Kinetochores have an essential role in ensuring proper segregation of sister chromatids in mitosis and meiosis. Apart from serving as a physical attachment point for spindle microtubules, kinetochores contain a number of motor proteins and regulatory factors that orchestrate and control the movements of chromosomes during cell division.The function of the peripheral layer of mitotic chromosomes is not fully known, but it has been suggested to be involved in mitotic chromosome structure, to act as a physical barrier protecting mitotic chromatin from cytoplasmic proteins following nuclear envelope breakdown, and to keep mitotic chromosomes from sticking to one another (Van Hooser AA et al. (2005)). In agreement, MKI67 is essential for proper chromosome segregation and has been shown to act as an emulsifying shield around the chromosomes during mitosis Booth DG et al. (2014); Cuylen S et al. (2016). In addition, the peripheral layer may act as a landing pad, concentrating nucleolar proteins to aid in nucleolar reactivation during mitotic exit, and helping to ensure equal distribution of its components to daughter cells.
Gene Ontology (GO) analysis of the proteins mainly localized to the nucleus shows functions that are well in-line with already known functions for the structure. The enriched terms for the GO domain Biological Process are related to transcription, DNA repair, RNA processing and (Figure 5a). Enrichment analysis of the GO domain Molecular Function, gives enrichment of terms related to DNA binding, RNA binding, binding to factors involved in DNA-dependent functions and transcriptional regulation (Figure 5b).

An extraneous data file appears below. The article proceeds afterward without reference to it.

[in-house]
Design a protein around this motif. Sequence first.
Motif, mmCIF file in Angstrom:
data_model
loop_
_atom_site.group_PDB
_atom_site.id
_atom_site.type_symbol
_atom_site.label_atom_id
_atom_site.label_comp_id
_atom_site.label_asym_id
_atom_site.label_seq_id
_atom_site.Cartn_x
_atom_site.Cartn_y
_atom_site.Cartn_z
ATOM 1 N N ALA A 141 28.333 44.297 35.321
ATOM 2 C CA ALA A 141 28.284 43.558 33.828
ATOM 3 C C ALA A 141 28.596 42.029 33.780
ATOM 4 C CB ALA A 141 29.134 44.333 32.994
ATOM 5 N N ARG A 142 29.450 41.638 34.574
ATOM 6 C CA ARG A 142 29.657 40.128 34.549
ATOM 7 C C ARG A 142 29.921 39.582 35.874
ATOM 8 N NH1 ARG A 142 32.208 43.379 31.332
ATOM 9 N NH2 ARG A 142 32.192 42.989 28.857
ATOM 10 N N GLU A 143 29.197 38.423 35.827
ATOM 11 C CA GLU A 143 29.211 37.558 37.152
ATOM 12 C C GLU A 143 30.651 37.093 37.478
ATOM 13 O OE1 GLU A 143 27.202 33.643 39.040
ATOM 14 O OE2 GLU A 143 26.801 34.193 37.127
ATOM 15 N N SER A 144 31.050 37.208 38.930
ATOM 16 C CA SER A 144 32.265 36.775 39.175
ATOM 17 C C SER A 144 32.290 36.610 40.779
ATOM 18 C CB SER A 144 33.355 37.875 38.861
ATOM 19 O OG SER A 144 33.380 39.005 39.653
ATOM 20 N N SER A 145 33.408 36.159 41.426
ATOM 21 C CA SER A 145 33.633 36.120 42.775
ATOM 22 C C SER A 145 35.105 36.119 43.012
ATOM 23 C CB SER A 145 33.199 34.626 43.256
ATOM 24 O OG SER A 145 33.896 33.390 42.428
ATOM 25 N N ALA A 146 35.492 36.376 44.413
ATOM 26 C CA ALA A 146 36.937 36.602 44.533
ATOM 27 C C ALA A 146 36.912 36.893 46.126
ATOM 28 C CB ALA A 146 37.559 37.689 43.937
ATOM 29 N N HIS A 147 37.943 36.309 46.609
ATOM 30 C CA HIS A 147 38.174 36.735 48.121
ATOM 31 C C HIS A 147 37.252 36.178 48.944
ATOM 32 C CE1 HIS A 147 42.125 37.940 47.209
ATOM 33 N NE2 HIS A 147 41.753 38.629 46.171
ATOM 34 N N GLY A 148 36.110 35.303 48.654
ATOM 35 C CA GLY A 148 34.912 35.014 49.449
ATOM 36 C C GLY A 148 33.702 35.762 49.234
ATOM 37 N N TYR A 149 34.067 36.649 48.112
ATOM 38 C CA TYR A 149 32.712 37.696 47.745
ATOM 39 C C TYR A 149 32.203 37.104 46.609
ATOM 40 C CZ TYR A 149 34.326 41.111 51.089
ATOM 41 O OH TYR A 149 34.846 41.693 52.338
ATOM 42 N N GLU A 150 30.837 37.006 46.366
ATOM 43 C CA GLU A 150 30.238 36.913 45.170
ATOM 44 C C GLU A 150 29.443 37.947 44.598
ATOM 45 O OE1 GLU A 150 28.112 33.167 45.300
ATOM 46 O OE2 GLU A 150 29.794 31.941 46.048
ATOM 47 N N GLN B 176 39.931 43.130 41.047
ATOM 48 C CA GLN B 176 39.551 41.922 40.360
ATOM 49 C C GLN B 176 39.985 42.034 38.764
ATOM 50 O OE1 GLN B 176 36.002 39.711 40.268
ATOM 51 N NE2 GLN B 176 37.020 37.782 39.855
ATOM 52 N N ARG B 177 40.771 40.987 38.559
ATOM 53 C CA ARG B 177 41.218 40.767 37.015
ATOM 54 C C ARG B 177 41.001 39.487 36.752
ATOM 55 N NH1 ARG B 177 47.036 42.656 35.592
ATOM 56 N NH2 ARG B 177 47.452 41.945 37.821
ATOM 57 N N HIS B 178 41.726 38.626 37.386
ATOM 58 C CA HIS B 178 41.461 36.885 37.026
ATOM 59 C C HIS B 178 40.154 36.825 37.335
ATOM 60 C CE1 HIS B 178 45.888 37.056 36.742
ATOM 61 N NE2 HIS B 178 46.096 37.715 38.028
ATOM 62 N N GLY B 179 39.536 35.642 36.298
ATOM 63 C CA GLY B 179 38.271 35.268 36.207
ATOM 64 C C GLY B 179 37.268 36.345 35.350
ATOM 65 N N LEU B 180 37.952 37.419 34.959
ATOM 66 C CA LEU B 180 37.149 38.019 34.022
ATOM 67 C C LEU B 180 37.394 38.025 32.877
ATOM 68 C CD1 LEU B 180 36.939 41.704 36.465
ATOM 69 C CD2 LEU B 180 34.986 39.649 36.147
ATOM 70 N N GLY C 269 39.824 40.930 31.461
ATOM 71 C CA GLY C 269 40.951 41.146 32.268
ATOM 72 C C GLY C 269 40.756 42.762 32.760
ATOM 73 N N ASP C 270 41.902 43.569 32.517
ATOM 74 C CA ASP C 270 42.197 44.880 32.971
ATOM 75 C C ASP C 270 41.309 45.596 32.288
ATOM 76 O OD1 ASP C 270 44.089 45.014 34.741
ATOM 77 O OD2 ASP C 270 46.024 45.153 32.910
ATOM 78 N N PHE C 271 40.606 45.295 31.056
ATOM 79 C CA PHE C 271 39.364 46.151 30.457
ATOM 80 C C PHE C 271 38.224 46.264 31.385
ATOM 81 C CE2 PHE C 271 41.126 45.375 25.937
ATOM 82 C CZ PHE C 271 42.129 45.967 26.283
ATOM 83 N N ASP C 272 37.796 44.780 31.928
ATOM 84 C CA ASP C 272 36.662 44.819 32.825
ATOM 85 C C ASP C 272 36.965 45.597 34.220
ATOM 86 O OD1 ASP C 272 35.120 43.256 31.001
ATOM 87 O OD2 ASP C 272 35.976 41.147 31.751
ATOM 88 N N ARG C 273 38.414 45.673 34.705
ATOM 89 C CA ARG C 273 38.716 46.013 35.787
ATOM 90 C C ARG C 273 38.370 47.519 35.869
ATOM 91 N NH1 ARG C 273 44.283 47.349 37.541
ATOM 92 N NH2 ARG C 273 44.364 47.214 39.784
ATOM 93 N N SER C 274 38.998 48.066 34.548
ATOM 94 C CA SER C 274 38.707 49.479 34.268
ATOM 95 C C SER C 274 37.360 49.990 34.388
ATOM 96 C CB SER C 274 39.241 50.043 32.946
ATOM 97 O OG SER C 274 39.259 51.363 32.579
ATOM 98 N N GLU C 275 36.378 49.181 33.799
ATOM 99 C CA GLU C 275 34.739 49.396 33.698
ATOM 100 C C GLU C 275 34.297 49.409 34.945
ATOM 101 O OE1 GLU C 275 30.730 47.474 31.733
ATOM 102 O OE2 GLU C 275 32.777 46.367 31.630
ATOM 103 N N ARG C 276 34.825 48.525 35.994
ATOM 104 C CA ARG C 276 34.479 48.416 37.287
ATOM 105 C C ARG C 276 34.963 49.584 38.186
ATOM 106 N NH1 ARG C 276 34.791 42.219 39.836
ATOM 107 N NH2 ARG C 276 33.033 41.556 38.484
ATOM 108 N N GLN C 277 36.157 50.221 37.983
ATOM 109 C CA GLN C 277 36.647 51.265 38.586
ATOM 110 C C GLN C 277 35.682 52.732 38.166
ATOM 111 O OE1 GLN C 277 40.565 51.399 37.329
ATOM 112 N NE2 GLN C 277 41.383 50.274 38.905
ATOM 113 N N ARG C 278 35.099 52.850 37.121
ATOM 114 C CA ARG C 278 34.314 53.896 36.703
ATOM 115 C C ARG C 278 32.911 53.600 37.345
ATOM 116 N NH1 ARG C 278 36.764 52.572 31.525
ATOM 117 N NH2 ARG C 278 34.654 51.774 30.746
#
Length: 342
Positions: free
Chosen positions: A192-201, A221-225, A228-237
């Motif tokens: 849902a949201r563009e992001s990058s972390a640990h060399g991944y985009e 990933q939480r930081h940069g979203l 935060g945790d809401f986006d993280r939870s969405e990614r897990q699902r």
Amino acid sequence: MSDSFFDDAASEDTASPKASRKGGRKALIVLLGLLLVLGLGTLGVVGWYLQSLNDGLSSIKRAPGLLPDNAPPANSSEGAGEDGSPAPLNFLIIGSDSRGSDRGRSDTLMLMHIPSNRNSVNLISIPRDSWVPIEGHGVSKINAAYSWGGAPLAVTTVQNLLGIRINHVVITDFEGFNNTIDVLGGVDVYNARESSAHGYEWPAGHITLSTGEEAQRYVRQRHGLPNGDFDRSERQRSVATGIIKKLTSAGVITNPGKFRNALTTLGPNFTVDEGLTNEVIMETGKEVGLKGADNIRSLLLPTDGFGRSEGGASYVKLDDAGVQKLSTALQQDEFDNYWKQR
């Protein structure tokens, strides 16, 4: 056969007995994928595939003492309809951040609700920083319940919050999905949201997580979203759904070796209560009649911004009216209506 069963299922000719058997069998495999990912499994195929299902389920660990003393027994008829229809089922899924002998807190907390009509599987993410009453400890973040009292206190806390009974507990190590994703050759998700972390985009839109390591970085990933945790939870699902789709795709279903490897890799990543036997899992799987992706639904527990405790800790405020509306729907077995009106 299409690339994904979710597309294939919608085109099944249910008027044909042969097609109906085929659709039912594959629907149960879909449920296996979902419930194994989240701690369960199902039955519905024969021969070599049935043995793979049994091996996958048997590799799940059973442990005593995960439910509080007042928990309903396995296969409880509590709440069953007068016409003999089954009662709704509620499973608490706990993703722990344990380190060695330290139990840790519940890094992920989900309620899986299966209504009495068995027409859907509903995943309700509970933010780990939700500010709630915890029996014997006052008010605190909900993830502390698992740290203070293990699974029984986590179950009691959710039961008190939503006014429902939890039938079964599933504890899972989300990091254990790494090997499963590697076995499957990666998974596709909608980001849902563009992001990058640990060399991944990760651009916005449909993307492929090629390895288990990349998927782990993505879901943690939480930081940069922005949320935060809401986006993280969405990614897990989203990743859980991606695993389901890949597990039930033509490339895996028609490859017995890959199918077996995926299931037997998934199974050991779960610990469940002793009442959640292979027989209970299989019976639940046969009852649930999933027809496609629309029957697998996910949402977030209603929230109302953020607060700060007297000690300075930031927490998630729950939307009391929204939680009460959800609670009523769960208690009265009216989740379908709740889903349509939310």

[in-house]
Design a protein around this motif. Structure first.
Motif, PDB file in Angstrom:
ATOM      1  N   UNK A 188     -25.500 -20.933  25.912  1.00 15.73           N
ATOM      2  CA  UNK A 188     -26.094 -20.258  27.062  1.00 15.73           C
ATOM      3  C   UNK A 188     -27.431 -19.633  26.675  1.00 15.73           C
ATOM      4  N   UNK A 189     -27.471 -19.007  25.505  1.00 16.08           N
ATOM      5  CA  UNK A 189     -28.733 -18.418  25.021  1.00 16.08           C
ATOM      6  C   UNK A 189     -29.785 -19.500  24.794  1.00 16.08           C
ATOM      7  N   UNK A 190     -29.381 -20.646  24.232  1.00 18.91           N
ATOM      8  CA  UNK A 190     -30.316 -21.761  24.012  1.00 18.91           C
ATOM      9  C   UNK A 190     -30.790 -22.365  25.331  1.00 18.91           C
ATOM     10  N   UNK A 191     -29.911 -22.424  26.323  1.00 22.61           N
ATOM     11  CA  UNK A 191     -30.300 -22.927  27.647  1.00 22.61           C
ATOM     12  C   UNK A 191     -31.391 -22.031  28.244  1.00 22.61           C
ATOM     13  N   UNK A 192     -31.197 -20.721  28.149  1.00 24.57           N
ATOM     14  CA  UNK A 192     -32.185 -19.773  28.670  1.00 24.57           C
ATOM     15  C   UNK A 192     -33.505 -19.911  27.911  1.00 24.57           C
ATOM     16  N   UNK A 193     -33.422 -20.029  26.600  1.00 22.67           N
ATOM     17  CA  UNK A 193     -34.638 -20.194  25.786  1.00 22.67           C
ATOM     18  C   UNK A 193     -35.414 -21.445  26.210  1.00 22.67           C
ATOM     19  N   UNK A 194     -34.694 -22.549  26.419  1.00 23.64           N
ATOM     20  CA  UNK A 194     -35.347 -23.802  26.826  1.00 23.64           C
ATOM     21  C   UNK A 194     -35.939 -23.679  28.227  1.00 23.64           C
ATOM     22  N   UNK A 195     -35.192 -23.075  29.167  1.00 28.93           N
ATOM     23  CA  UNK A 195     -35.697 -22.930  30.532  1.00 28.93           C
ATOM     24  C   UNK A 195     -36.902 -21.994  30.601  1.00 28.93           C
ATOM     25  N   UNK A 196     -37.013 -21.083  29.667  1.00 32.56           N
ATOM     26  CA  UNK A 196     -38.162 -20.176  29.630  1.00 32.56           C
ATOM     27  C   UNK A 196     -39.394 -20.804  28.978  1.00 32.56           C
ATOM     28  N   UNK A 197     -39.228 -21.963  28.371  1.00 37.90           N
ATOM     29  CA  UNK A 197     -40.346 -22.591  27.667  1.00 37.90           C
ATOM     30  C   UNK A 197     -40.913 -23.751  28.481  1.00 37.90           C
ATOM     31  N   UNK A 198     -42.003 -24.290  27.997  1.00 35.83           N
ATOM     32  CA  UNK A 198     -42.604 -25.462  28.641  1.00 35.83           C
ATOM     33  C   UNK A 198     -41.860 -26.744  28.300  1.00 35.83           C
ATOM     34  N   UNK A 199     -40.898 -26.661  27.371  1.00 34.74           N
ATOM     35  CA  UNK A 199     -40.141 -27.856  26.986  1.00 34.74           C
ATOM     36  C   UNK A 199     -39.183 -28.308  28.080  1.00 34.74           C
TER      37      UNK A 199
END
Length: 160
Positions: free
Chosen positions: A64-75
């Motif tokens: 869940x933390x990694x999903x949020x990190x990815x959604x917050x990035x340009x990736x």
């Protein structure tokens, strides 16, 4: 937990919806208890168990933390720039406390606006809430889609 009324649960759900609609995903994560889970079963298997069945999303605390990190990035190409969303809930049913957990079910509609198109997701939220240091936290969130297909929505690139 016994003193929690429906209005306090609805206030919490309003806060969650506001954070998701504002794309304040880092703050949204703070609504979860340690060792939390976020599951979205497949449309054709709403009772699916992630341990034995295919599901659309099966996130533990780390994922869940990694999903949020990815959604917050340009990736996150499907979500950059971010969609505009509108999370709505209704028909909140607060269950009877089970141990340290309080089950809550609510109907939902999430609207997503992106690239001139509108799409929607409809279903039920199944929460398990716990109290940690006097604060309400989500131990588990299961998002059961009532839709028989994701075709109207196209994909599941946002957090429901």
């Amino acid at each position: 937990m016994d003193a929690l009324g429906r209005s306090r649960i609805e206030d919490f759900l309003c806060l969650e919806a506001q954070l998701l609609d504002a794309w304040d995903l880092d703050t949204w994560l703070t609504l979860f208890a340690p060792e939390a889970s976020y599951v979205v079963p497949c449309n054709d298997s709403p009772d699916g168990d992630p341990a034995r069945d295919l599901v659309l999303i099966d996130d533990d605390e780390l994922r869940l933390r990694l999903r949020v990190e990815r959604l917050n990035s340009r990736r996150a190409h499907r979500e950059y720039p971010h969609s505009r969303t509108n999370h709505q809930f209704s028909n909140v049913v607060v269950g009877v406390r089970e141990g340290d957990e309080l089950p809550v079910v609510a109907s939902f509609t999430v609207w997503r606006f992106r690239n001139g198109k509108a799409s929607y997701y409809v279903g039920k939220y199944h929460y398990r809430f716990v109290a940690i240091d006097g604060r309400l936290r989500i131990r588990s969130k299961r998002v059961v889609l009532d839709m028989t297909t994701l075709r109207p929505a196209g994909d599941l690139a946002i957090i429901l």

Figure 5a Gene Ontology-based enrichment analysis for the nucleoplasm proteome showing the significantly enriched terms for the GO domain Biological Process. Each bar is clickable and gives a search result of proteins that belong to the selected category.
Figure 5b Gene Ontology-based enrichment analysis for the nucleoplasm proteome showing the significantly enriched terms for the GO domain Molecular Function. Each bar is clickable and gives a search result of proteins that belong to the selected category.
Nucleoplasmic proteins with multiple locations
In the Cell Atlas, approximately 66% (n=4449) of the proteins that localize to the nucleoplasm also localize to other cell compartments (Figure 6). 521, 8% only localize to other nuclear structures. The network plot shows that the most common locations shared with the nucleus are the cytosol, nucleoli and vesicles. Given that the nucleus is involved both in import and export of proteins to the cytoplasm and other compartments of the cell, these dual locations could highlight proteins functioning in nuclear trafficking as well as proteins functioning in various signaling cascades. Interactions between the nucleus and a number of cellular compartments, including nucleoli and the cytosol, are significantly overrepresented, while proteins localizing to the nucleus and to the plasma membrane or actin filaments are significantly underrepresented. Examples of multilocalizing proteins within the nucleoplasmic proteome can be seen in Figure 7.